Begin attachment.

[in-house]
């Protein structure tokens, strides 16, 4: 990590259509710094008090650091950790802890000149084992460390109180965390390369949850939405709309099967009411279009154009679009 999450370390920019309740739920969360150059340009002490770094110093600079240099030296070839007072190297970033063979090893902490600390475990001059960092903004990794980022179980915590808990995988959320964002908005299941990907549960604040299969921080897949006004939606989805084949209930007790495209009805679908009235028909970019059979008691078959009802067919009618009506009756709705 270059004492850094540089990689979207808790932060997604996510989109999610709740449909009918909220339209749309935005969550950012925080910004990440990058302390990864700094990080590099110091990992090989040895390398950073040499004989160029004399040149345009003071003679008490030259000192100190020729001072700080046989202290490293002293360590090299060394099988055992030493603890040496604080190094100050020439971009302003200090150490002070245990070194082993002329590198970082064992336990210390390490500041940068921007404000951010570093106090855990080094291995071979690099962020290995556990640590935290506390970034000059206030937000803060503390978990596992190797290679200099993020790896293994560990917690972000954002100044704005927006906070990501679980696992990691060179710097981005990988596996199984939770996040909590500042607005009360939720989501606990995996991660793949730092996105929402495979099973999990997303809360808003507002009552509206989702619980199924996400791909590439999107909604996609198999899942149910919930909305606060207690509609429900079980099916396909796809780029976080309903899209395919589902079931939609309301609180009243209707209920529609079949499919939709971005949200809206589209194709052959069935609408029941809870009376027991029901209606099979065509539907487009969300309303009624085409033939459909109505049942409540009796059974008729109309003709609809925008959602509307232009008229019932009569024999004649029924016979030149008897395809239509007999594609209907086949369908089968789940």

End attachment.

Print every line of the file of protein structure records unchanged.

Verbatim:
[in-house]
């Protein structure tokens, strides 16, 4: 990590259509710094008090650091950790802890000149084992460390109180965390390369949850939405709309099967009411279009154009679009 999450370390920019309740739920969360150059340009002490770094110093600079240099030296070839007072190297970033063979090893902490600390475990001059960092903004990794980022179980915590808990995988959320964002908005299941990907549960604040299969921080897949006004939606989805084949209930007790495209009805679908009235028909970019059979008691078959009802067919009618009506009756709705 270059004492850094540089990689979207808790932060997604996510989109999610709740449909009918909220339209749309935005969550950012925080910004990440990058302390990864700094990080590099110091990992090989040895390398950073040499004989160029004399040149345009003071003679008490030259000192100190020729001072700080046989202290490293002293360590090299060394099988055992030493603890040496604080190094100050020439971009302003200090150490002070245990070194082993002329590198970082064992336990210390390490500041940068921007404000951010570093106090855990080094291995071979690099962020290995556990640590935290506390970034000059206030937000803060503390978990596992190797290679200099993020790896293994560990917690972000954002100044704005927006906070990501679980696992990691060179710097981005990988596996199984939770996040909590500042607005009360939720989501606990995996991660793949730092996105929402495979099973999990997303809360808003507002009552509206989702619980199924996400791909590439999107909604996609198999899942149910919930909305606060207690509609429900079980099916396909796809780029976080309903899209395919589902079931939609309301609180009243209707209920529609079949499919939709971005949200809206589209194709052959069935609408029941809870009376027991029901209606099979065509539907487009969300309303009624085409033939459909109505049942409540009796059974008729109309003709609809925008959602509307232009008229019932009569024999004649029924016979030149008897395809239509007999594609209907086949369908089968789940």